Sunday, February 10, 2013

Sioux City Elevated Railway

From the late 1890's to early 1900's Sioux City had an elevated railway or El. Sioux City's El was first operated with small steam locomotives before changing to electric rail cars. All that remains of Sioux City's El. can be viewed by walking or biking along the pedestrian/bicycle walk way on the Gordon Drive viaduct. It can be viewed from just above the Bacon Creek channel by looking a few hundred yards to the north near a small rail yard, large gravel/rock piles and not to far from a concrete product business. What remains of the former el is an old support beam.

Here is the story of Sioux City's El, how and why it was developed and why it failed:

1880's -  The Morningside area of Sioux City began to develop east of the downtown area. Up until this time most of the development was on the north side of town. The new area had advantages over the north side. It was not as hilly and steep, streets and lots required less grading. But the journey from downtown Sioux City to Morningside was not an easy one. Wagons and buggies had to cross the swampy land of the the Floyd River valley and the channel itself along with eighty-four railroad and streetcar tracks.

Morningside business owner and promoter Arthur Garretson was one of the first to come up with the idea for an elevated railway as his business would profit if a convenient connection were made from downtown to Morningside. Arthur convinced E.C. Peters, William Gordon and a group of Eastern investors to organize the Sioux City Rapid Transit Company. The money for the elevated was quickly raised, and construction was planned.

April 1890 - Construction of the Sioux City Elevated Railway began.

Even though the Sioux City Elevated Railway was a grand venture, costing over $586,000 in 1800/1890 money to build it was completed.

April 16, 1891 - The Sioux City Elevated Railway opened for business.

The elevated railway started at the downtown station and office for the railway at 3rd and Jones Streets. The elevated trains transported the passengers traveled 22 feet above the ground, east on Third Street, across the Floyd River and south on Division Street. The elevated section then reached ground level at Leech Avenue (near what is now Highway 75) and traveled along the surface out Transit Avenue to Peters Park. The line had two miles of elevated track and three miles on the surface.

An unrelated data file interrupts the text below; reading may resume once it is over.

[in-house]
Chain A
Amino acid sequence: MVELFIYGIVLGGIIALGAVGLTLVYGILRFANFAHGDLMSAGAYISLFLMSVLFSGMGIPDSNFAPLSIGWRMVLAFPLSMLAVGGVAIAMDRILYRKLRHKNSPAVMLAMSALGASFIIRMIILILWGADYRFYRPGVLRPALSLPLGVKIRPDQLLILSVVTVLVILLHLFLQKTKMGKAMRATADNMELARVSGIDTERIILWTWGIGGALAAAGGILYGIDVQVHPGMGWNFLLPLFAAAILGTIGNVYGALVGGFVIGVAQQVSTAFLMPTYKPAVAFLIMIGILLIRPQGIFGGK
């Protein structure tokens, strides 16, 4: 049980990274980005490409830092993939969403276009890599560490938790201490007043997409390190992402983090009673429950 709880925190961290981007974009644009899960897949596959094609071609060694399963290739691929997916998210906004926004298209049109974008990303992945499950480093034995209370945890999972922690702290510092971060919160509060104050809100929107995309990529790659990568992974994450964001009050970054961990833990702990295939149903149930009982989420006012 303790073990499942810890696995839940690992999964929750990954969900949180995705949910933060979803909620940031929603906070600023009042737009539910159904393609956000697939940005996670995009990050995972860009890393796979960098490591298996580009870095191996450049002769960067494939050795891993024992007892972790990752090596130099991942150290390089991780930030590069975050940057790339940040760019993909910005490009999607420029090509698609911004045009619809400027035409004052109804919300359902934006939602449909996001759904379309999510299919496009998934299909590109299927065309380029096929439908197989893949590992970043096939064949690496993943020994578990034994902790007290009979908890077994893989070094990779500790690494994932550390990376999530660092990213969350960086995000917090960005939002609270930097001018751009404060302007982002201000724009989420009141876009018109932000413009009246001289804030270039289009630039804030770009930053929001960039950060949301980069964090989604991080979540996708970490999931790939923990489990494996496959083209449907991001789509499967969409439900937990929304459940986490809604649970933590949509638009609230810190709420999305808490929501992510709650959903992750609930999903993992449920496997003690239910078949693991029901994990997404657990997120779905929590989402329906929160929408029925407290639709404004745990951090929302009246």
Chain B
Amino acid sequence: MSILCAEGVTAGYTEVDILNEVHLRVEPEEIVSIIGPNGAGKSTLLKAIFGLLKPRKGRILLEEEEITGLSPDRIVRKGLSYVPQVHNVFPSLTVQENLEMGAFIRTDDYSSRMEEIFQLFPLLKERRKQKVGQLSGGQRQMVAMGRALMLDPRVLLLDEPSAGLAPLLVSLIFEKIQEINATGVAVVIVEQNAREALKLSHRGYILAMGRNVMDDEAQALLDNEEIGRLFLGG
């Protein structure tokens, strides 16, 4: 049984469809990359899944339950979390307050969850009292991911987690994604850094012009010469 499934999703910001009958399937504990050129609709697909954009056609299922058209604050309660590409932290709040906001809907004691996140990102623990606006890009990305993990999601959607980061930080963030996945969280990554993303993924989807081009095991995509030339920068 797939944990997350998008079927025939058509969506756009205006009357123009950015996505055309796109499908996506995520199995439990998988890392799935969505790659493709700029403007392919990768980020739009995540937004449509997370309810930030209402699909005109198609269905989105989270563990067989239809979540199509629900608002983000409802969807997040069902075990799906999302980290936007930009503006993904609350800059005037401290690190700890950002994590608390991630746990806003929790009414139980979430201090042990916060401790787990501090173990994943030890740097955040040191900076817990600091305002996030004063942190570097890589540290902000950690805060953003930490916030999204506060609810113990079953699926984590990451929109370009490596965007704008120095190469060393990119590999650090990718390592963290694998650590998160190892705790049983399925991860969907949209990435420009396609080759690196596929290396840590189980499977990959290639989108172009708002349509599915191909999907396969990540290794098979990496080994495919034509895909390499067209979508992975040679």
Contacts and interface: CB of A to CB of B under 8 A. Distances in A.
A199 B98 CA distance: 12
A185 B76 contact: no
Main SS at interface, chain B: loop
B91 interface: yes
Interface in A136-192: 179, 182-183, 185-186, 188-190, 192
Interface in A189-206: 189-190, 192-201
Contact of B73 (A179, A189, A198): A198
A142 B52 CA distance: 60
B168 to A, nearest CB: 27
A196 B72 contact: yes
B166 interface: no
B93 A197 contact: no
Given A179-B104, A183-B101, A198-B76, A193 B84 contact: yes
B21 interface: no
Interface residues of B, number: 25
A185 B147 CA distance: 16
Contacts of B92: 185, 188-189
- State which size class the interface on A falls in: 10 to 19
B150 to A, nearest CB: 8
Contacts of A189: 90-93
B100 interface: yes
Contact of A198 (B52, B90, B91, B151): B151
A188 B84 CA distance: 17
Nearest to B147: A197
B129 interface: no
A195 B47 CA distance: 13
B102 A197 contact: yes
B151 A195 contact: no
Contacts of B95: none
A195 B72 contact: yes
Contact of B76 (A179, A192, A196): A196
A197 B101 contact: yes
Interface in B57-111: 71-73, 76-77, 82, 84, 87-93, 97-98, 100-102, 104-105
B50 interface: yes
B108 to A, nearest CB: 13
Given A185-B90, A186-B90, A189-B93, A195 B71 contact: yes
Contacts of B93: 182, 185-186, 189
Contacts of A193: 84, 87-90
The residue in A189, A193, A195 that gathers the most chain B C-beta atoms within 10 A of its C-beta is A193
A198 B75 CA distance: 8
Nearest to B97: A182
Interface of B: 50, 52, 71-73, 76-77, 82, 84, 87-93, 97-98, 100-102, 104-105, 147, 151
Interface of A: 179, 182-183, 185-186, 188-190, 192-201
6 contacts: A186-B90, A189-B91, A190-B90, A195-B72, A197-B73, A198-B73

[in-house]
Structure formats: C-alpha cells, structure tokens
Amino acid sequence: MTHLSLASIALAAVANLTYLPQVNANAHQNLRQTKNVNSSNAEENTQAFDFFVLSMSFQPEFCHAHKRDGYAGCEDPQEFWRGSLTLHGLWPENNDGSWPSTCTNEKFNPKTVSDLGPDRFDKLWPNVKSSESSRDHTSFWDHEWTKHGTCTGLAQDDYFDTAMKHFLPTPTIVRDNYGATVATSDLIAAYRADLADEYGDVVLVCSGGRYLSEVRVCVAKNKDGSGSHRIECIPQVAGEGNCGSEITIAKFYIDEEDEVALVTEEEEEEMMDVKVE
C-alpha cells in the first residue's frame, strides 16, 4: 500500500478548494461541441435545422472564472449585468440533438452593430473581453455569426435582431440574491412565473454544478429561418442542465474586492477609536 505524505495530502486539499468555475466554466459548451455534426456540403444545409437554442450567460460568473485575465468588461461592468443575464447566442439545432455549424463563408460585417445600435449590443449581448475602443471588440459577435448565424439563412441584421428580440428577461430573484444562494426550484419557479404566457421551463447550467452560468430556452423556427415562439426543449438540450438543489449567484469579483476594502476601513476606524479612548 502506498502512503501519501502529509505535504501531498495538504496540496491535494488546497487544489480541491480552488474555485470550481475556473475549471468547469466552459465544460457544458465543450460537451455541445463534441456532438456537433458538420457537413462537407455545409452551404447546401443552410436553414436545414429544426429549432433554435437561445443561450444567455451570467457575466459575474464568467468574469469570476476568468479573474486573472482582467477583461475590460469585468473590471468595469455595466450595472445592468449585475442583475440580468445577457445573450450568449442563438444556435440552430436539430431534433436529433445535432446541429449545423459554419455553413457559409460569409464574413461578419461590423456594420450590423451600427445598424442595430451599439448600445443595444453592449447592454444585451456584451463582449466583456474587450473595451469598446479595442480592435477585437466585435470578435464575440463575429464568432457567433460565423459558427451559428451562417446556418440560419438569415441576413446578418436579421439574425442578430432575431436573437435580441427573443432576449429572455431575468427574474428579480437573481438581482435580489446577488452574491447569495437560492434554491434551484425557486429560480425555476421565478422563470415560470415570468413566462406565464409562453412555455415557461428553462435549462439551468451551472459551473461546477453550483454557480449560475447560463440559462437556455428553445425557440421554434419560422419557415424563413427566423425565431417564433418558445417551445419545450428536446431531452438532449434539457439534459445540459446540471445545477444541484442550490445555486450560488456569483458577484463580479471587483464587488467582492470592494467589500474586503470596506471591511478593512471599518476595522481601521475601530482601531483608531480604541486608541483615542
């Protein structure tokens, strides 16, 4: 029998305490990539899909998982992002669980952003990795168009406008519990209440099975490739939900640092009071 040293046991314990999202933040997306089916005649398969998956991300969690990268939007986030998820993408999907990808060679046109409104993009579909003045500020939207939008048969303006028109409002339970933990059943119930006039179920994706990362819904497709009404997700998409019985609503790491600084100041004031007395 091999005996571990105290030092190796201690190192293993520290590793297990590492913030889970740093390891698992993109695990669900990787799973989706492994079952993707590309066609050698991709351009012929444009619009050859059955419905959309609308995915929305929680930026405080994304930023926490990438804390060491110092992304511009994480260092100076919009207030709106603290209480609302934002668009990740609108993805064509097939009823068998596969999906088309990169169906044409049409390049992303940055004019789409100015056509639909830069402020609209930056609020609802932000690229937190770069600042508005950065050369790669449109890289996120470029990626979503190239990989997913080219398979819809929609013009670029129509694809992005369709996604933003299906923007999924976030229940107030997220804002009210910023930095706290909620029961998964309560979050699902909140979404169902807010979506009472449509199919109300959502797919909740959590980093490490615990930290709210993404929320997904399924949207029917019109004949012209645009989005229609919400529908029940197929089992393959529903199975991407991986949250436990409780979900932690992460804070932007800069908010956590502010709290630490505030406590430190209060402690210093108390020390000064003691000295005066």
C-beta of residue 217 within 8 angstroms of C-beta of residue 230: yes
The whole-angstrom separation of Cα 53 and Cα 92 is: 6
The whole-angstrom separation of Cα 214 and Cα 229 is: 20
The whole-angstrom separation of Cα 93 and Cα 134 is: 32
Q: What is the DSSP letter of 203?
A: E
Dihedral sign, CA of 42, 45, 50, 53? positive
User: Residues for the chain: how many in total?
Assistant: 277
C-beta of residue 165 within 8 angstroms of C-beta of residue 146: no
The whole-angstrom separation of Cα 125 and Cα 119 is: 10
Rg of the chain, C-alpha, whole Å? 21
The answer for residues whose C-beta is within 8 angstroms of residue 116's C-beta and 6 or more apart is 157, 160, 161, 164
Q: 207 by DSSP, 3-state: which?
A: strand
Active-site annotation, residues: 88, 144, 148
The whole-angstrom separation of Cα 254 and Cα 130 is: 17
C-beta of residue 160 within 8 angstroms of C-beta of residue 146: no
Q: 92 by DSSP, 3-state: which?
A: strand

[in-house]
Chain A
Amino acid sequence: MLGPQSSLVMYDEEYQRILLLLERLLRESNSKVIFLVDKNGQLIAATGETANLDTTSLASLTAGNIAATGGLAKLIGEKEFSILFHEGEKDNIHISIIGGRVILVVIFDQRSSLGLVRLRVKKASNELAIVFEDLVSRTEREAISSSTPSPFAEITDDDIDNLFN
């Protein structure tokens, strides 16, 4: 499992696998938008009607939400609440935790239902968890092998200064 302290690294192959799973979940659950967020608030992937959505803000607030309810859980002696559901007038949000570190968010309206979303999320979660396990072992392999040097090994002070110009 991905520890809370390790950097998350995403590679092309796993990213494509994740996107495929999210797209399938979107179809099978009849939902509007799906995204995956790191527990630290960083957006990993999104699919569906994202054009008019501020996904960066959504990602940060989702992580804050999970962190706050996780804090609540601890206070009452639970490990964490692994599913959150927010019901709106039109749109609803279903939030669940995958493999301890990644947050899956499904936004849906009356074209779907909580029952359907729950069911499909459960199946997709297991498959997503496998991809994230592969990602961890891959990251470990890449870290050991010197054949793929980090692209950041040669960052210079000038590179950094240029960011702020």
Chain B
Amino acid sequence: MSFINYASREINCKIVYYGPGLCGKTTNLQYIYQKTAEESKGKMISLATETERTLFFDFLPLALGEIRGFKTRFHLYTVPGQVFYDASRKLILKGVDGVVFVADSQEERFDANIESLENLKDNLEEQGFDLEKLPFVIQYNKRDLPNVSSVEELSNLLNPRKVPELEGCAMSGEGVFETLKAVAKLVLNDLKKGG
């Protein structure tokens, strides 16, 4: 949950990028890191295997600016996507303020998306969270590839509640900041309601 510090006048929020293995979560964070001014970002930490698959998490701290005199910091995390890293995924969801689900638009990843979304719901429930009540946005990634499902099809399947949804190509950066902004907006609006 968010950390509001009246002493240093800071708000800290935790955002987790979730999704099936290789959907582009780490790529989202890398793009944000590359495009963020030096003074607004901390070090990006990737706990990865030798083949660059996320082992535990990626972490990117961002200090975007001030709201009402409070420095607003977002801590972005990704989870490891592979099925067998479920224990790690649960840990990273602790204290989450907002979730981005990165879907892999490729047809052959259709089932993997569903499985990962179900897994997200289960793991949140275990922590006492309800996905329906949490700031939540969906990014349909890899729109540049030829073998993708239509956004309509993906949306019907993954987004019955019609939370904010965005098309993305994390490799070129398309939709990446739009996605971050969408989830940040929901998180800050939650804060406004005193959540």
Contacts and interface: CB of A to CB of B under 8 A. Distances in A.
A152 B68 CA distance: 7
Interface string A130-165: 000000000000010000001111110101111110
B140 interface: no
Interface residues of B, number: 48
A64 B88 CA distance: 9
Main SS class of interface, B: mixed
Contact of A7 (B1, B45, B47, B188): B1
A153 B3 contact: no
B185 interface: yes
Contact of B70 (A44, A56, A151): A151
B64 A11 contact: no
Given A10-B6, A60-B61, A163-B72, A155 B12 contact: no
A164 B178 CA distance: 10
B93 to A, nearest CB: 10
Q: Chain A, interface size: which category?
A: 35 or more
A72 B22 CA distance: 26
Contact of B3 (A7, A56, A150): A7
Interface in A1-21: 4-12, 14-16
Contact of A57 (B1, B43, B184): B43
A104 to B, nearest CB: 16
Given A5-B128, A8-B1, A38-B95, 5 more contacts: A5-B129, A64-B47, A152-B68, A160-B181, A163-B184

The fare to ride the train was $0.05 or $0.25 for six rides. The railway company offered a special promotion for new Morningside families. For anyone who boughta residence in Morningside were give a pass worth a years worth of free rides on the railway.

The railway was the third of its kind in the world.

The elevated railway was successful in opening up business for the Morningside area along with helping Arthur Garretson and other business owners make a lot of money.

1892 -  The Sioux City Elevated Railway was converted from steam driven locomotives to electric cars. This was first of its kind in the world.

It was in this same year the elevated railway helped save hundreds if not thousands of lives during the Floyd River Flood. A local hero, Andrew G. Anderson, risked his life one night carrying and guiding people to the stairs that lead up to the railway platform at the main elevated station. After the flood swept away the bottom of the stairs the people had to walk to other stations to get home.

1893 - Plans were made to expand the elevated railway but The Financial Panic of 1893 put and end to such plans was the beginning of the end of the elevated railway.

March 1899 - After the company went into bankruptcy the elevated portion of the railway was stopped and the system was reorganized.

Early 1900's - By this time the railway service had completely stopped and demolition/dismantling of the Sioux City Elevated railway had been accomplished.

At the time the Sioux City El. was such an innovation officials from Chicago, Illinois came to observe it to get an idea of what it would take to build theirs. The original Chicago El. is based on the Sioux City Elevated Railway. Cities like Chicago absorbed and could handle the 1893 financial panic better than smaller communities like Sioux City. This is why Chicago's El. is still going strong today. Some historians believe were it not for Sioux City's El. Chicago would never have built theirs.

Photos and photographed information courtesy of Sioux City Public Museum Research Center:

These photos were taken by the article writer at the Museum Gallery located in the clock tower of City of Sioux City City Hall: